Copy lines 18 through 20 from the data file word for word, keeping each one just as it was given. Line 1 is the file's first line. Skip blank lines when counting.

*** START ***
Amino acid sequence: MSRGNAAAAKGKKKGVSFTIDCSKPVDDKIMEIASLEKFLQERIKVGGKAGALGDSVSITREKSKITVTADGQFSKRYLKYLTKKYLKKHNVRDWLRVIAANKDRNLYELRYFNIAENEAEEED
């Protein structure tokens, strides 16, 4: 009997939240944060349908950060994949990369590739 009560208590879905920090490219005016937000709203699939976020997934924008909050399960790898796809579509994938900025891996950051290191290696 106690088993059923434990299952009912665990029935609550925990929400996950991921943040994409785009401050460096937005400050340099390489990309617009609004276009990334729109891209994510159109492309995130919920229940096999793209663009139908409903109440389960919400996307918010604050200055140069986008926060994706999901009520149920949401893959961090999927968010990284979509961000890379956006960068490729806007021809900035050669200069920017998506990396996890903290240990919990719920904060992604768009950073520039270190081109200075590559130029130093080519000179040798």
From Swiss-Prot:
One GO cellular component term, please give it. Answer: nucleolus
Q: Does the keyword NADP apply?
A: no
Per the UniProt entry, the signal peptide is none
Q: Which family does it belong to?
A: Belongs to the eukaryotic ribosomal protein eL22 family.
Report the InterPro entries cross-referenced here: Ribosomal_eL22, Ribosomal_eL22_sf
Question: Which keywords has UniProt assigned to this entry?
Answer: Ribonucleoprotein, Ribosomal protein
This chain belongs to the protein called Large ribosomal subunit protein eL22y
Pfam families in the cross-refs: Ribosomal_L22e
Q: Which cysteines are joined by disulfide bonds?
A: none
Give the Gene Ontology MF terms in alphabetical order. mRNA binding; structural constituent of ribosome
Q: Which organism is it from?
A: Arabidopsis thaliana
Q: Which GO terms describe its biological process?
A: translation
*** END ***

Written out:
Q: Which organism is it from?
A: Arabidopsis thaliana
Q: Which GO terms describe its biological process?